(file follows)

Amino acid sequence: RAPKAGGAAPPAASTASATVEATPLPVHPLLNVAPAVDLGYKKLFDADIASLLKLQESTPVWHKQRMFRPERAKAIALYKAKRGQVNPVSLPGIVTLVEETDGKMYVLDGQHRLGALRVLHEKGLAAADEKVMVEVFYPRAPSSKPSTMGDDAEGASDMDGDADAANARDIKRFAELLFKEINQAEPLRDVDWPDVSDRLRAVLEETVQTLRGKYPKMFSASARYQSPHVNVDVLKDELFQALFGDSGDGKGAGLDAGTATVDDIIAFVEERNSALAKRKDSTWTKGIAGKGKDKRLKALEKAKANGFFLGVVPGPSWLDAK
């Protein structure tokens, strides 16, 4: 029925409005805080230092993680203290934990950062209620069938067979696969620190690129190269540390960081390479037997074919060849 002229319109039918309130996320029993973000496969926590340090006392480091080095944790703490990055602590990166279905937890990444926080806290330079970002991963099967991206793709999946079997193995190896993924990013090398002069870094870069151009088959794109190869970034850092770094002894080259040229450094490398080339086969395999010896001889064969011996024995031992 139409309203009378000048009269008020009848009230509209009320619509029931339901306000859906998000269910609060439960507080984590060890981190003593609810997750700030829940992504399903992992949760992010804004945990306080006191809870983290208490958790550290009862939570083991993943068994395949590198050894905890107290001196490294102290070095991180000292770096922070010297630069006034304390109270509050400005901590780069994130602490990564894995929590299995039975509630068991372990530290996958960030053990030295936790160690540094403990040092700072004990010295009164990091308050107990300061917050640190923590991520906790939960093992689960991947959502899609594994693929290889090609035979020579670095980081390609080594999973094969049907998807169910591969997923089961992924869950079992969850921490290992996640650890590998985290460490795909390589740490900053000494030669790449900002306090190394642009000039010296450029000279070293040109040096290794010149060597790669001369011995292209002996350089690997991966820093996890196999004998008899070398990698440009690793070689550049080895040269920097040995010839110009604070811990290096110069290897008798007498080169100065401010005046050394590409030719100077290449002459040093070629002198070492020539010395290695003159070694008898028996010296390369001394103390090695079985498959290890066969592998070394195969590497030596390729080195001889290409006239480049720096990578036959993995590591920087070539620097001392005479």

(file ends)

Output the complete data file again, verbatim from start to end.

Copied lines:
Amino acid sequence: RAPKAGGAAPPAASTASATVEATPLPVHPLLNVAPAVDLGYKKLFDADIASLLKLQESTPVWHKQRMFRPERAKAIALYKAKRGQVNPVSLPGIVTLVEETDGKMYVLDGQHRLGALRVLHEKGLAAADEKVMVEVFYPRAPSSKPSTMGDDAEGASDMDGDADAANARDIKRFAELLFKEINQAEPLRDVDWPDVSDRLRAVLEETVQTLRGKYPKMFSASARYQSPHVNVDVLKDELFQALFGDSGDGKGAGLDAGTATVDDIIAFVEERNSALAKRKDSTWTKGIAGKGKDKRLKALEKAKANGFFLGVVPGPSWLDAK
């Protein structure tokens, strides 16, 4: 029925409005805080230092993680203290934990950062209620069938067979696969620190690129190269540390960081390479037997074919060849 002229319109039918309130996320029993973000496969926590340090006392480091080095944790703490990055602590990166279905937890990444926080806290330079970002991963099967991206793709999946079997193995190896993924990013090398002069870094870069151009088959794109190869970034850092770094002894080259040229450094490398080339086969395999010896001889064969011996024995031992 139409309203009378000048009269008020009848009230509209009320619509029931339901306000859906998000269910609060439960507080984590060890981190003593609810997750700030829940992504399903992992949760992010804004945990306080006191809870983290208490958790550290009862939570083991993943068994395949590198050894905890107290001196490294102290070095991180000292770096922070010297630069006034304390109270509050400005901590780069994130602490990564894995929590299995039975509630068991372990530290996958960030053990030295936790160690540094403990040092700072004990010295009164990091308050107990300061917050640190923590991520906790939960093992689960991947959502899609594994693929290889090609035979020579670095980081390609080594999973094969049907998807169910591969997923089961992924869950079992969850921490290992996640650890590998985290460490795909390589740490900053000494030669790449900002306090190394642009000039010296450029000279070293040109040096290794010149060597790669001369011995292209002996350089690997991966820093996890196999004998008899070398990698440009690793070689550049080895040269920097040995010839110009604070811990290096110069290897008798007498080169100065401010005046050394590409030719100077290449002459040093070629002198070492020539010395290695003159070694008898028996010296390369001394103390090695079985498959290890066969592998070394195969590497030596390729080195001889290409006239480049720096990578036959993995590591920087070539620097001392005479």